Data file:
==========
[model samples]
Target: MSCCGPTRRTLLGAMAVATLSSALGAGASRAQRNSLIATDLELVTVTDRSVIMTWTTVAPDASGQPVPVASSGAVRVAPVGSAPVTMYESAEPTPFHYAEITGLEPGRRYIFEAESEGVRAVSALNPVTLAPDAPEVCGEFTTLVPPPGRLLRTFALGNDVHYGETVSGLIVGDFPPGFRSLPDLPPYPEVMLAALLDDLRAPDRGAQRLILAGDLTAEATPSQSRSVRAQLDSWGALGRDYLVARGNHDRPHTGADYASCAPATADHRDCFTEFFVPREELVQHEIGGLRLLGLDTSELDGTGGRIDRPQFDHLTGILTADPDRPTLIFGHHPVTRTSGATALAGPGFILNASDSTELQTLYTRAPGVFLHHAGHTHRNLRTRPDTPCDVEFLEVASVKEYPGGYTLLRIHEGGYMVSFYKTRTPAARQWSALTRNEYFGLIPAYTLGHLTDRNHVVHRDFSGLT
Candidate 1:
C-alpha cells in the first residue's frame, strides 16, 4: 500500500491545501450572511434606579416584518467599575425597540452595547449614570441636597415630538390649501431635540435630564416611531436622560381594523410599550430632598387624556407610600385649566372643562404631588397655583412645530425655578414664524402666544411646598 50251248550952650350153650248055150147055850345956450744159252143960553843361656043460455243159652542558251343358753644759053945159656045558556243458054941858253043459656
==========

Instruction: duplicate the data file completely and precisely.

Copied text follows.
[model samples]
Target: MSCCGPTRRTLLGAMAVATLSSALGAGASRAQRNSLIATDLELVTVTDRSVIMTWTTVAPDASGQPVPVASSGAVRVAPVGSAPVTMYESAEPTPFHYAEITGLEPGRRYIFEAESEGVRAVSALNPVTLAPDAPEVCGEFTTLVPPPGRLLRTFALGNDVHYGETVSGLIVGDFPPGFRSLPDLPPYPEVMLAALLDDLRAPDRGAQRLILAGDLTAEATPSQSRSVRAQLDSWGALGRDYLVARGNHDRPHTGADYASCAPATADHRDCFTEFFVPREELVQHEIGGLRLLGLDTSELDGTGGRIDRPQFDHLTGILTADPDRPTLIFGHHPVTRTSGATALAGPGFILNASDSTELQTLYTRAPGVFLHHAGHTHRNLRTRPDTPCDVEFLEVASVKEYPGGYTLLRIHEGGYMVSFYKTRTPAARQWSALTRNEYFGLIPAYTLGHLTDRNHVVHRDFSGLT
Candidate 1:
C-alpha cells in the first residue's frame, strides 16, 4: 500500500491545501450572511434606579416584518467599575425597540452595547449614570441636597415630538390649501431635540435630564416611531436622560381594523410599550430632598387624556407610600385649566372643562404631588397655583412645530425655578414664524402666544411646598 50251248550952650350153650248055150147055850345956450744159252143960553843361656043460455243159652542558251343358753644759053945159656045558556243458054941858253043459656